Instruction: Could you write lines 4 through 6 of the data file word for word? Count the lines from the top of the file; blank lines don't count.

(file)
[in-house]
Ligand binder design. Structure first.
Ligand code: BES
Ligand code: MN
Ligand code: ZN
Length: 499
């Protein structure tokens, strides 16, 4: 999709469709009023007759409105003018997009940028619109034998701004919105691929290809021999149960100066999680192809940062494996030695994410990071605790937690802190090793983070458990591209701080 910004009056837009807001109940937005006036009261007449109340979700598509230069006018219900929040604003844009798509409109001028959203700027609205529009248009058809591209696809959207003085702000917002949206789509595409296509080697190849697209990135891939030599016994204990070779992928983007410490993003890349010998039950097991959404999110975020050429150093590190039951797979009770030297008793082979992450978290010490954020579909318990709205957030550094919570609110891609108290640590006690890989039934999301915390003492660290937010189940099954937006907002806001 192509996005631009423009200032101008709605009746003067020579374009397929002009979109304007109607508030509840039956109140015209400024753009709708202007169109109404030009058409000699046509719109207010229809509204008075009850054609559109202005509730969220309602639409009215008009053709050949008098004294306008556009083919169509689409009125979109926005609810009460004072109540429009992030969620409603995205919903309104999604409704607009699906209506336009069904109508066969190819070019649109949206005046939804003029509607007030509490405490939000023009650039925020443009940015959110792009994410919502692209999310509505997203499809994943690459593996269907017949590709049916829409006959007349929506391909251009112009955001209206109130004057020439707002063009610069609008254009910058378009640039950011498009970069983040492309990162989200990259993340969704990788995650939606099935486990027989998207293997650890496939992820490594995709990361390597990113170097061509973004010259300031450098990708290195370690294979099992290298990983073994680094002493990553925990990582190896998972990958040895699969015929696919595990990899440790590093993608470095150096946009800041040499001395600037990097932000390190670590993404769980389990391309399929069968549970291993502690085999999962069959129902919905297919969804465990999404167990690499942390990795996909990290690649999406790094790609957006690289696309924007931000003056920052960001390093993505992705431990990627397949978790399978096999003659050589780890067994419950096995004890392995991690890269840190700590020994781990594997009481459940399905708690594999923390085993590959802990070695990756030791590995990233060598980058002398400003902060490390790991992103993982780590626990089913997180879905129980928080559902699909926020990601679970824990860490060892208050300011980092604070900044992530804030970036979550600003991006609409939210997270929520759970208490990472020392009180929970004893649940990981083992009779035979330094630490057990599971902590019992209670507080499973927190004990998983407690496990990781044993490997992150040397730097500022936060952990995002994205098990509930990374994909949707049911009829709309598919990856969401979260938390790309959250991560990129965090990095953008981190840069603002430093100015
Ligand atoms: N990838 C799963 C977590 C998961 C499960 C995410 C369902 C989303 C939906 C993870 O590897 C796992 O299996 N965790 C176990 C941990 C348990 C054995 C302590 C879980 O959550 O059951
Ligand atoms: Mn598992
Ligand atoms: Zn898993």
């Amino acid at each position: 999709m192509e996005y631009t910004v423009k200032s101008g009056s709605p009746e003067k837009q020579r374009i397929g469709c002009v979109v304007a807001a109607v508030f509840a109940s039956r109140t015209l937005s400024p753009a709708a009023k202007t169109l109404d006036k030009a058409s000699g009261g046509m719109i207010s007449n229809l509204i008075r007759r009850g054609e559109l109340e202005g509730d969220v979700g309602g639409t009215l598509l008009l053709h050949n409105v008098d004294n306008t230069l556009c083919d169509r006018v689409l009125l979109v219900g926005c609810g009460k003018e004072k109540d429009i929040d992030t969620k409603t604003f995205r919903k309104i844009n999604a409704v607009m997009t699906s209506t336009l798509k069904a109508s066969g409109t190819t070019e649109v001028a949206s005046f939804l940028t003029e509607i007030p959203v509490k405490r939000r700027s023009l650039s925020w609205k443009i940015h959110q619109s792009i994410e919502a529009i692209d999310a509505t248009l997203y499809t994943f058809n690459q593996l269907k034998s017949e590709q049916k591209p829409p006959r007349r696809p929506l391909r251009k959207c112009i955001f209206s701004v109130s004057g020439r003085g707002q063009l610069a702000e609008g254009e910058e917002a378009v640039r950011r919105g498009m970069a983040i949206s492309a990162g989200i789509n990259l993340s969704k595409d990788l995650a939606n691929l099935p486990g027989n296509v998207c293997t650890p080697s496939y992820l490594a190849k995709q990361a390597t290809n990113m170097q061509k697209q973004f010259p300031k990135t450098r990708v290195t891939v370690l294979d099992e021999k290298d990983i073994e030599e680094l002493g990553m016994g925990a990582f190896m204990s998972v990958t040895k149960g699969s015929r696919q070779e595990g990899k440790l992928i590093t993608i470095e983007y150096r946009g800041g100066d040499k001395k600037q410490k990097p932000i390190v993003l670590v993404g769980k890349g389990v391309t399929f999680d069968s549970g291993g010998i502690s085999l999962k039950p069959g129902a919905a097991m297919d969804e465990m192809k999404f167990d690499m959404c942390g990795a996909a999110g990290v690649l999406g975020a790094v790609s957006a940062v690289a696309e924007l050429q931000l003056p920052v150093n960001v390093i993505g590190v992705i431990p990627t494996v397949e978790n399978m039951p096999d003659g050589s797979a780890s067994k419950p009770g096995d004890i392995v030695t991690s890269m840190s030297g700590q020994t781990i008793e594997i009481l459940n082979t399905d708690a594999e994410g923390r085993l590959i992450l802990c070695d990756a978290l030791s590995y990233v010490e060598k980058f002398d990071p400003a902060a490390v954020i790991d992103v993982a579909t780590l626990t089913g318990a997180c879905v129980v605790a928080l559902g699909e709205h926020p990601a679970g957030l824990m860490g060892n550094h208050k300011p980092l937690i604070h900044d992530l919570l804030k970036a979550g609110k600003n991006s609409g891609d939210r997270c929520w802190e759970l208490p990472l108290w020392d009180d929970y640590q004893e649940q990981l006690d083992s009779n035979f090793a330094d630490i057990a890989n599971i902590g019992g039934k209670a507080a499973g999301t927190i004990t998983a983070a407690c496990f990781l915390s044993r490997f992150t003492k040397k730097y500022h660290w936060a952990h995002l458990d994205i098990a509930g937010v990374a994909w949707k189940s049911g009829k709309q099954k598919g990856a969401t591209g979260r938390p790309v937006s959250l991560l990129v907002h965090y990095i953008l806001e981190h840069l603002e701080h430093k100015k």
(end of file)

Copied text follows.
Ligand code: MN
Ligand code: ZN
Length: 499